Fabmart starts to expand beyond music and gets into books and jewellery. The author talks about the challenges faced and how they finally launch these online. In future, books become one of the bestselling categories for the business.
This was the time (around 2000) when the Dotcom bubble bust was happening in the US and hence whenever Fabmart team was meeting the investors; they were interested in valuation more than anything else. The company was able to raise ₹25 crores as Series A in this turbulent time.
The next part of the book is about how Fabmart ventured into offline retail and builds the brand Fabmall. Most of you may not know this but Fabmall was acquired by Aditya Birla Group in 2006 and re-branded as More stores, fairly well known now.
In spite of the fact that Groceries as a category will be difficult and low margin venture, Fabmart went ahead and launched India’s first online grocery, along with selling it offline in Fabmall. Some really creative warehousing and supply chain strategies had to be executed by the team.
This was also the time when the team started off COD for groceries (in 2001) and then extended it to other products such as books, movies, music, watched etc. But because of all the challenges that COD brings with itself, the team decided to shut COD down in 2004.
The author then talks about a lot of business challenges that were being faced because of which finally, the offline business and the online business were separated. Because of the recent Dotcom bust, no investors would even want to listen to anything that had “.com” in it raising funds for the online business was becoming daunting.
I would try to fast forward the summary here. There onwards, author details about tonnes of challenges that were faced because of the Investors, Cash Crunch etc.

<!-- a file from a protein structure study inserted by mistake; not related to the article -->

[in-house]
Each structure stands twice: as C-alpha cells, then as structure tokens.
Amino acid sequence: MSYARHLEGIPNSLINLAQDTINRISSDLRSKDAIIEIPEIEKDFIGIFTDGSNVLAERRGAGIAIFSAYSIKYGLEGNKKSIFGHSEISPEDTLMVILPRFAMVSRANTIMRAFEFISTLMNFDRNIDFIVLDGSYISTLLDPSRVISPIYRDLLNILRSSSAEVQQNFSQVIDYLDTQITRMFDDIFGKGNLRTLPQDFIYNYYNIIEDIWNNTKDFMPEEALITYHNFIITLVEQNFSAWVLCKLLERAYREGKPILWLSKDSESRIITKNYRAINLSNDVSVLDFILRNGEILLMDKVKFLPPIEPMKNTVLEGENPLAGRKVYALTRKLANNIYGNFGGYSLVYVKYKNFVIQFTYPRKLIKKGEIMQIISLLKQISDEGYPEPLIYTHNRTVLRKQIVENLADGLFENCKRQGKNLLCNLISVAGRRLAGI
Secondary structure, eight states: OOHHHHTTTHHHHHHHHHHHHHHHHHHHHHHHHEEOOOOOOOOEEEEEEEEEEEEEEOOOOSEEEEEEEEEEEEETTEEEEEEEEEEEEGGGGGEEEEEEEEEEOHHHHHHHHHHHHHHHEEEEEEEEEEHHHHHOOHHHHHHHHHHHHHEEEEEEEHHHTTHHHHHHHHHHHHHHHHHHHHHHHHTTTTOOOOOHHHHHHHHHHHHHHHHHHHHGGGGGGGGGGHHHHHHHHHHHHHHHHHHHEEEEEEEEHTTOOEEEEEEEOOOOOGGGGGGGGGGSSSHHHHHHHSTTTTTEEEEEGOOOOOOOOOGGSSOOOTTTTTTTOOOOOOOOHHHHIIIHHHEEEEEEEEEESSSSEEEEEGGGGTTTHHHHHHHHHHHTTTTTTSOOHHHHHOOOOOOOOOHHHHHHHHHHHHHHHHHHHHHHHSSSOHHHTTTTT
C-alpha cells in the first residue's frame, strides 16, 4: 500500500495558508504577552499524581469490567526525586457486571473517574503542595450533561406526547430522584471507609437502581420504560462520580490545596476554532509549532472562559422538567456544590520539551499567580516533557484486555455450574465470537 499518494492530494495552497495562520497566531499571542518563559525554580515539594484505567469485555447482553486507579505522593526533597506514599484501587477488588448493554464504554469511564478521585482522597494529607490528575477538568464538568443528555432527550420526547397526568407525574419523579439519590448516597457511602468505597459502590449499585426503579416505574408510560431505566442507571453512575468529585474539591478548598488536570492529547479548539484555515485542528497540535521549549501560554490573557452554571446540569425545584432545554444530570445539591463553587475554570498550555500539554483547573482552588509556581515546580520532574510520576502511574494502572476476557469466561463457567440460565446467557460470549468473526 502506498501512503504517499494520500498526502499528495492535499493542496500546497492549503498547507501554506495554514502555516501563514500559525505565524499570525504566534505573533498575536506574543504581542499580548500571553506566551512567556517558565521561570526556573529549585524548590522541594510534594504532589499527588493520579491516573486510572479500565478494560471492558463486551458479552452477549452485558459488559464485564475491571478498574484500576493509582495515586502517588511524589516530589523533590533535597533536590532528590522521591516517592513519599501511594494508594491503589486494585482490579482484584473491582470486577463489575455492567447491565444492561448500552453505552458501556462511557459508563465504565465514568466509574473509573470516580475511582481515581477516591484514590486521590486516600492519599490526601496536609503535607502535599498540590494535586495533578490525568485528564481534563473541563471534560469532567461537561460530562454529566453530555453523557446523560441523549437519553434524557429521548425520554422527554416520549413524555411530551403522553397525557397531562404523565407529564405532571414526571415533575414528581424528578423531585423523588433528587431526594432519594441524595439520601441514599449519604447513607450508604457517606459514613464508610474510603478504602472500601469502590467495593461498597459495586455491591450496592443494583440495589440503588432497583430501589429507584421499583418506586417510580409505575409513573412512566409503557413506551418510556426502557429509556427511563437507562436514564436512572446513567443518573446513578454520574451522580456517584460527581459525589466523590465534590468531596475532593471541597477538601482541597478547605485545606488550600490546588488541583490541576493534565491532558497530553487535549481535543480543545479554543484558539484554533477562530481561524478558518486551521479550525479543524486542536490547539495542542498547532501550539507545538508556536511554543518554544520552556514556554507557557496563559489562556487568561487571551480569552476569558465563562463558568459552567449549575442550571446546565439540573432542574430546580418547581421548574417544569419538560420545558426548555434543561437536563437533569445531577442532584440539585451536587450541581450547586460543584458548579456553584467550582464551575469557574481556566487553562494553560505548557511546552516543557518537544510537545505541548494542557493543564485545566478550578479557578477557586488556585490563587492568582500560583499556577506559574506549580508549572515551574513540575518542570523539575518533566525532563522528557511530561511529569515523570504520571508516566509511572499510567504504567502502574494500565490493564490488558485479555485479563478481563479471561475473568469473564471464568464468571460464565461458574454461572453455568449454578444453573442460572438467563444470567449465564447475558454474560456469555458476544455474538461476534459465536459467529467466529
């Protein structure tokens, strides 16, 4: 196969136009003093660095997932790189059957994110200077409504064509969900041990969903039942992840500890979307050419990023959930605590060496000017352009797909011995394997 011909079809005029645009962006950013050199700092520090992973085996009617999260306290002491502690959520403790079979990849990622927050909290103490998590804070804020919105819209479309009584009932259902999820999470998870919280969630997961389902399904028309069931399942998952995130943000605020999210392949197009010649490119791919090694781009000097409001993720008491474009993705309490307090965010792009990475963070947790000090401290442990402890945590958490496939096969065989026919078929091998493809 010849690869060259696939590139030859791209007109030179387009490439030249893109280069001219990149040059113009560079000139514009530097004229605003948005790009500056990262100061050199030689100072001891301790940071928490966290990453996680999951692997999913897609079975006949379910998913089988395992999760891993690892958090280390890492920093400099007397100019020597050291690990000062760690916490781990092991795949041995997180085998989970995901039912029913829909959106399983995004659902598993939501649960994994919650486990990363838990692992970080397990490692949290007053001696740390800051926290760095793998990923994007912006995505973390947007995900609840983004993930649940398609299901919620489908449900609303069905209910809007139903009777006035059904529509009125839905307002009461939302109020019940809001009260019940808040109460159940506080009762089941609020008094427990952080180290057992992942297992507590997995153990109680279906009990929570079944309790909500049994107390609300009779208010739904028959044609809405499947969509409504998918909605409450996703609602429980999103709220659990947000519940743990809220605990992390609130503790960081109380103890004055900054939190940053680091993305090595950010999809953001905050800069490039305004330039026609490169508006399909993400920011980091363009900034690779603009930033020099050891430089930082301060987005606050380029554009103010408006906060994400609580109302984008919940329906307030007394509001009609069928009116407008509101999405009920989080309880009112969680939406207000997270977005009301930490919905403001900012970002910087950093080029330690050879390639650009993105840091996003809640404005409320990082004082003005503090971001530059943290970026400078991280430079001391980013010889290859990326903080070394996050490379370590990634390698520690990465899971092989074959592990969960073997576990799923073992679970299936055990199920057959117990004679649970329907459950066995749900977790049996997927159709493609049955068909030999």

What is commendable to read in the book is that in spite of owning around 2% or so of the company Indiaplaza, the author somehow became responsible for all the troubles that the company faced. The challenges of ever changing business conditions can be navigated well if there is money available. The responsibilities of the current investors were not executed, and hence Indiaplaza had to face severe situations.
I am highly impressed by the way author retains his morals and integrity in spite of the tough, nerve wrecking situations around him with vendors, creditors, police etc. Reading about all the struggles that he went through is highly inspirational. It gives a perspective into how most of the investors focus perhaps on the wrong metrics and how it is extremely important to be highly selective when choosing where you are taking the money from.
Overall, the book is really delightful and refreshing to read. The writing style is simple yet engaging. It provides a lot of ground reality and perspectives about the start-up world. Media selectively glamorizes the start-up world with less focus on failures and the dark sides. It gives you a perspective of what all can go wrong in a start-up and can prove to be a guidepost to learn from the mistakes detailed in the book. I highly recommend this book to anyone who has interest in start-ups and/or e-commerce in general.